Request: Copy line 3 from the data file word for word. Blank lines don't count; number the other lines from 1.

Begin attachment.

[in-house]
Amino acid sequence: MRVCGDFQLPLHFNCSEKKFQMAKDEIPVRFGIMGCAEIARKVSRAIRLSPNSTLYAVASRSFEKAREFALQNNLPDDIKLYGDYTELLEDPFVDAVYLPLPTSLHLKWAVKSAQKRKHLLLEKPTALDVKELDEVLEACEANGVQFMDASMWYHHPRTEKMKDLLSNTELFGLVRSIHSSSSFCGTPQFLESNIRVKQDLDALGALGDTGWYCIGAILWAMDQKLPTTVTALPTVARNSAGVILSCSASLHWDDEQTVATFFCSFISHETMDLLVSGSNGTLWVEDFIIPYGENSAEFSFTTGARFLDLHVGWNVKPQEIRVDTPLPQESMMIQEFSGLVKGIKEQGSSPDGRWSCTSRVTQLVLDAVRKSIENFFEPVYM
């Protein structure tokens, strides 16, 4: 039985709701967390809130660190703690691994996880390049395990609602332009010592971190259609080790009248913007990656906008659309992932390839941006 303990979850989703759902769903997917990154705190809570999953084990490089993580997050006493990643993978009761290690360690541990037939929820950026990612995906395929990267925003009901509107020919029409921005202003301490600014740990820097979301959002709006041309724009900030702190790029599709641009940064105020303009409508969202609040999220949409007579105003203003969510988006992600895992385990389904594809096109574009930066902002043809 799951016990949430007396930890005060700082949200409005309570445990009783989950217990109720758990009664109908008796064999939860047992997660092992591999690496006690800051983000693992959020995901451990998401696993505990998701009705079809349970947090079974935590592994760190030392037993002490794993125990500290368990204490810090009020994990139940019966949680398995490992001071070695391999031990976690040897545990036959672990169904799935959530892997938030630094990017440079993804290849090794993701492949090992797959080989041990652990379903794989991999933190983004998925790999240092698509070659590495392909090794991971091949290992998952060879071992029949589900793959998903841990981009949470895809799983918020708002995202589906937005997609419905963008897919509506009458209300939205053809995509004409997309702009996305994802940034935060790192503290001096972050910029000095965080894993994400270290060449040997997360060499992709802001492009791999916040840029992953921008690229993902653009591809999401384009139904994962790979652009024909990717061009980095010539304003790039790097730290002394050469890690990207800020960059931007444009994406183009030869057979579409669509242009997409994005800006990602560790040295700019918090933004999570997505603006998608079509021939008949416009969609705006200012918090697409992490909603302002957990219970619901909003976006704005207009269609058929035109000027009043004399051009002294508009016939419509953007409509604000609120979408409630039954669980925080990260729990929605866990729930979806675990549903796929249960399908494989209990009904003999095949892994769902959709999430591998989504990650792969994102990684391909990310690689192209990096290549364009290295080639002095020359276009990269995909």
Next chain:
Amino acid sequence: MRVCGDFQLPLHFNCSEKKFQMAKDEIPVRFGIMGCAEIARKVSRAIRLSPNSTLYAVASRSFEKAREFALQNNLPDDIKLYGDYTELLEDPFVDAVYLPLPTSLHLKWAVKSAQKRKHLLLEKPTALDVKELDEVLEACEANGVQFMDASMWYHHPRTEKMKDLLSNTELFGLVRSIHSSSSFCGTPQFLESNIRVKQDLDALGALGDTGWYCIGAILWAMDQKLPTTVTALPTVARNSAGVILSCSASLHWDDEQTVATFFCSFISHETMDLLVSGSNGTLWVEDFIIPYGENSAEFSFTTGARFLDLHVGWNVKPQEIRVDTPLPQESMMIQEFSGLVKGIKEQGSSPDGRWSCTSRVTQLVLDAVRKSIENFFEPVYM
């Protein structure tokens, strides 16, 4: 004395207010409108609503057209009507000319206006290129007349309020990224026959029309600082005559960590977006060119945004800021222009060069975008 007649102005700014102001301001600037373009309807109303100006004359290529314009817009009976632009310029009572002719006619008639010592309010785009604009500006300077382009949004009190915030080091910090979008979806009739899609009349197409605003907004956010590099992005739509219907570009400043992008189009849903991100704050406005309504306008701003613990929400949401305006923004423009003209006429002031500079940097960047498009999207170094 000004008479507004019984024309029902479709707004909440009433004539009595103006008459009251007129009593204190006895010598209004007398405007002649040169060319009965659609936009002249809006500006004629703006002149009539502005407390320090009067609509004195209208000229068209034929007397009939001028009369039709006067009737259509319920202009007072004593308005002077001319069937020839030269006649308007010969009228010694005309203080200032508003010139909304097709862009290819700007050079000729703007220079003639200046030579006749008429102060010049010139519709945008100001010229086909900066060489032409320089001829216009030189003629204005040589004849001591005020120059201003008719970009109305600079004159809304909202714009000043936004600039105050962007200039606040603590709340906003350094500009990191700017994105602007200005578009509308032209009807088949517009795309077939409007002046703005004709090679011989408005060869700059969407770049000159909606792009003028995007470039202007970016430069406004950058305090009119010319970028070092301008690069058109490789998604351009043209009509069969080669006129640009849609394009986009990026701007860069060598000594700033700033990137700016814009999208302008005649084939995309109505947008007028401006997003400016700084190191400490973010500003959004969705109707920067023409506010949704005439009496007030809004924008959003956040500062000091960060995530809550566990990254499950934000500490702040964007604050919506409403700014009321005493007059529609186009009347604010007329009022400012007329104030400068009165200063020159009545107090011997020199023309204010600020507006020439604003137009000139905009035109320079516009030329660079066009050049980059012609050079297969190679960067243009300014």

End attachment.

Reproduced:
């Protein structure tokens, strides 16, 4: 039985709701967390809130660190703690691994996880390049395990609602332009010592971190259609080790009248913007990656906008659309992932390839941006 303990979850989703759902769903997917990154705190809570999953084990490089993580997050006493990643993978009761290690360690541990037939929820950026990612995906395929990267925003009901509107020919029409921005202003301490600014740990820097979301959002709006041309724009900030702190790029599709641009940064105020303009409508969202609040999220949409007579105003203003969510988006992600895992385990389904594809096109574009930066902002043809 799951016990949430007396930890005060700082949200409005309570445990009783989950217990109720758990009664109908008796064999939860047992997660092992591999690496006690800051983000693992959020995901451990998401696993505990998701009705079809349970947090079974935590592994760190030392037993002490794993125990500290368990204490810090009020994990139940019966949680398995490992001071070695391999031990976690040897545990036959672990169904799935959530892997938030630094990017440079993804290849090794993701492949090992797959080989041990652990379903794989991999933190983004998925790999240092698509070659590495392909090794991971091949290992998952060879071992029949589900793959998903841990981009949470895809799983918020708002995202589906937005997609419905963008897919509506009458209300939205053809995509004409997309702009996305994802940034935060790192503290001096972050910029000095965080894993994400270290060449040997997360060499992709802001492009791999916040840029992953921008690229993902653009591809999401384009139904994962790979652009024909990717061009980095010539304003790039790097730290002394050469890690990207800020960059931007444009994406183009030869057979579409669509242009997409994005800006990602560790040295700019918090933004999570997505603006998608079509021939008949416009969609705006200012918090697409992490909603302002957990219970619901909003976006704005207009269609058929035109000027009043004399051009002294508009016939419509953007409509604000609120979408409630039954669980925080990260729990929605866990729930979806675990549903796929249960399908494989209990009904003999095949892994769902959709999430591998989504990650792969994102990684391909990310690689192209990096290549364009290295080639002095020359276009990269995909």